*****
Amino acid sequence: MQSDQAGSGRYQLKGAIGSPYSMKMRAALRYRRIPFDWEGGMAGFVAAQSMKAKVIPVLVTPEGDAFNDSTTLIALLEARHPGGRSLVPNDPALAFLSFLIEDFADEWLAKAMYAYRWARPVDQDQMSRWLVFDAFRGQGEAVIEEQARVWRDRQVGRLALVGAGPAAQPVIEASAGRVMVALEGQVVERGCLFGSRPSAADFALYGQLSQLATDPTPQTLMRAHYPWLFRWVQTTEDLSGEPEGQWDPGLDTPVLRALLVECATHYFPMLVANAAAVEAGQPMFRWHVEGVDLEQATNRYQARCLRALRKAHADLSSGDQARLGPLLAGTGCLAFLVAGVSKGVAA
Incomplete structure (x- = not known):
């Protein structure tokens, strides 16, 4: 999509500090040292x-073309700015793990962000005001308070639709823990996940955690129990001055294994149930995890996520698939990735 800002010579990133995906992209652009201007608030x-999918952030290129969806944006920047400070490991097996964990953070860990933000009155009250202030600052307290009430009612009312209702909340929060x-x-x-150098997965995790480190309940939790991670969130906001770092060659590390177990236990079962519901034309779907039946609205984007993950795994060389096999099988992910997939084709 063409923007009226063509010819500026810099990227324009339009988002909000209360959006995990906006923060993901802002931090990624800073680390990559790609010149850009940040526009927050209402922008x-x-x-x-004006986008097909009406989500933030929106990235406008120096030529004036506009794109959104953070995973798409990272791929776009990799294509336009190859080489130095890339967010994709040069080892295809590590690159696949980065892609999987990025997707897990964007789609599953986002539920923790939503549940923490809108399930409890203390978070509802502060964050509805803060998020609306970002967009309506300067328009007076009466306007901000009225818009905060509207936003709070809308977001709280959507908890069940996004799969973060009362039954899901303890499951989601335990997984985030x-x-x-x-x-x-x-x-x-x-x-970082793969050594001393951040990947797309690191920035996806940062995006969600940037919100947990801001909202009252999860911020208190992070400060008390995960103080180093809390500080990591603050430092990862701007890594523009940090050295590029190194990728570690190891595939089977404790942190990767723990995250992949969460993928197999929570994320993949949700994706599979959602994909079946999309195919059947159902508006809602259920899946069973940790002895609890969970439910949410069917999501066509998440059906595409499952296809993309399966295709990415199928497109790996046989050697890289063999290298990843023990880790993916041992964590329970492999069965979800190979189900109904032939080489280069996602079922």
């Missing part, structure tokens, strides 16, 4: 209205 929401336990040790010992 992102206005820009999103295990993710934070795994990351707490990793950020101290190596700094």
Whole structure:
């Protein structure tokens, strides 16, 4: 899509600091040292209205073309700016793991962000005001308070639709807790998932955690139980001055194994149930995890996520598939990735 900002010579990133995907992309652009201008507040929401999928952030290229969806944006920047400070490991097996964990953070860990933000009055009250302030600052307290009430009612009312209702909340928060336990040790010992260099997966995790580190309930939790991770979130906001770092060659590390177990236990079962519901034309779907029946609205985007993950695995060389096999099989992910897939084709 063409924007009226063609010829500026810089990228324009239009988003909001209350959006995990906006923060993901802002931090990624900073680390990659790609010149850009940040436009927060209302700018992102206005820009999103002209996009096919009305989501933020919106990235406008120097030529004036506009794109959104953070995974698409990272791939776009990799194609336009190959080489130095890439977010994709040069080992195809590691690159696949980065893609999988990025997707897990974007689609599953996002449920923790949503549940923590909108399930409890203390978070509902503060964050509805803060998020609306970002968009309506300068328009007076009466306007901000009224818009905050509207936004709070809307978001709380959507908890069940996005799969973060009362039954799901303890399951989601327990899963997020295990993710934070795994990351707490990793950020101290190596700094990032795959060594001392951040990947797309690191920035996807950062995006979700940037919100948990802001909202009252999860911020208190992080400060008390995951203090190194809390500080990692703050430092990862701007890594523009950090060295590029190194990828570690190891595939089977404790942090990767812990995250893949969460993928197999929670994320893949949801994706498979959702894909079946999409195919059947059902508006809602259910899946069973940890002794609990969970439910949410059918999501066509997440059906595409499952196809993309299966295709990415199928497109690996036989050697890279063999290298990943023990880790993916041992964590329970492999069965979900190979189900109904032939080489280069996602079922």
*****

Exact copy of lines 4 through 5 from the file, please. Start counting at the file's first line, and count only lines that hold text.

């Missing part, structure tokens, strides 16, 4: 209205 929401336990040790010992 992102206005820009999103295990993710934070795994990351707490990793950020101290190596700094």
Whole structure: